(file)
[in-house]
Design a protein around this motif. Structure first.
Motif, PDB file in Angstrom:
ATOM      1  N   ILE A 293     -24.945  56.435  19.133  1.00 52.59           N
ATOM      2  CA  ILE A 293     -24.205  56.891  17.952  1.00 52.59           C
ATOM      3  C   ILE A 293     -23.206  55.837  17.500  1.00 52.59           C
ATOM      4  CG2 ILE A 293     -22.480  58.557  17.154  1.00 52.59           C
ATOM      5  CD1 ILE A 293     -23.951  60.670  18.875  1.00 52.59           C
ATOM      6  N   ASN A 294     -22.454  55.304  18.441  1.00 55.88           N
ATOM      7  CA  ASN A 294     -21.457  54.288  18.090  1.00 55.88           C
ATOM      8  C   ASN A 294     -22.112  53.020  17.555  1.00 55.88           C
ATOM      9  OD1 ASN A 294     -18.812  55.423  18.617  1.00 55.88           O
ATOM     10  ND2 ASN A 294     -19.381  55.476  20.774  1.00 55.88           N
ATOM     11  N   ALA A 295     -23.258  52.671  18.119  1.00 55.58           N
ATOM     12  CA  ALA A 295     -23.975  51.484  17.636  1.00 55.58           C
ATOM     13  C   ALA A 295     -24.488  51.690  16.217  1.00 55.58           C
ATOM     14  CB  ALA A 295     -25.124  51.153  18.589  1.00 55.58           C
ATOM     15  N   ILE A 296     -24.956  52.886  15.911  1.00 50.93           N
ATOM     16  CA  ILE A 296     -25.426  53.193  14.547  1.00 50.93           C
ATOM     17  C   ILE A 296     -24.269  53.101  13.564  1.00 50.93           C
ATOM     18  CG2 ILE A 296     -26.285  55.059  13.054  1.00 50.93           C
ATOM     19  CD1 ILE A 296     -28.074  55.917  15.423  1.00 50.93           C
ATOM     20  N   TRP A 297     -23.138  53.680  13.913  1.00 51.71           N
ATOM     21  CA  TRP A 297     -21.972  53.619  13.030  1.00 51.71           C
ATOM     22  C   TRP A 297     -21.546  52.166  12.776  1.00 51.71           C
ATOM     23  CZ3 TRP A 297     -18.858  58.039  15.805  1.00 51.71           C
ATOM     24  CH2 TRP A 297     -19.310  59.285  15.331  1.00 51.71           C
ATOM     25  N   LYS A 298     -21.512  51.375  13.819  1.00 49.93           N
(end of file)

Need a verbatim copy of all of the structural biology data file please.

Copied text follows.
[in-house]
Design a protein around this motif. Structure first.
Motif, PDB file in Angstrom:
ATOM      1  N   ILE A 293     -24.945  56.435  19.133  1.00 52.59           N
ATOM      2  CA  ILE A 293     -24.205  56.891  17.952  1.00 52.59           C
ATOM      3  C   ILE A 293     -23.206  55.837  17.500  1.00 52.59           C
ATOM      4  CG2 ILE A 293     -22.480  58.557  17.154  1.00 52.59           C
ATOM      5  CD1 ILE A 293     -23.951  60.670  18.875  1.00 52.59           C
ATOM      6  N   ASN A 294     -22.454  55.304  18.441  1.00 55.88           N
ATOM      7  CA  ASN A 294     -21.457  54.288  18.090  1.00 55.88           C
ATOM      8  C   ASN A 294     -22.112  53.020  17.555  1.00 55.88           C
ATOM      9  OD1 ASN A 294     -18.812  55.423  18.617  1.00 55.88           O
ATOM     10  ND2 ASN A 294     -19.381  55.476  20.774  1.00 55.88           N
ATOM     11  N   ALA A 295     -23.258  52.671  18.119  1.00 55.58           N
ATOM     12  CA  ALA A 295     -23.975  51.484  17.636  1.00 55.58           C
ATOM     13  C   ALA A 295     -24.488  51.690  16.217  1.00 55.58           C
ATOM     14  CB  ALA A 295     -25.124  51.153  18.589  1.00 55.58           C
ATOM     15  N   ILE A 296     -24.956  52.886  15.911  1.00 50.93           N
ATOM     16  CA  ILE A 296     -25.426  53.193  14.547  1.00 50.93           C
ATOM     17  C   ILE A 296     -24.269  53.101  13.564  1.00 50.93           C
ATOM     18  CG2 ILE A 296     -26.285  55.059  13.054  1.00 50.93           C
ATOM     19  CD1 ILE A 296     -28.074  55.917  15.423  1.00 50.93           C
ATOM     20  N   TRP A 297     -23.138  53.680  13.913  1.00 51.71           N
ATOM     21  CA  TRP A 297     -21.972  53.619  13.030  1.00 51.71           C
ATOM     22  C   TRP A 297     -21.546  52.166  12.776  1.00 51.71           C
ATOM     23  CZ3 TRP A 297     -18.858  58.039  15.805  1.00 51.71           C
ATOM     24  CH2 TRP A 297     -19.310  59.285  15.331  1.00 51.71           C
ATOM     25  N   LYS A 298     -21.512  51.375  13.819  1.00 49.93           N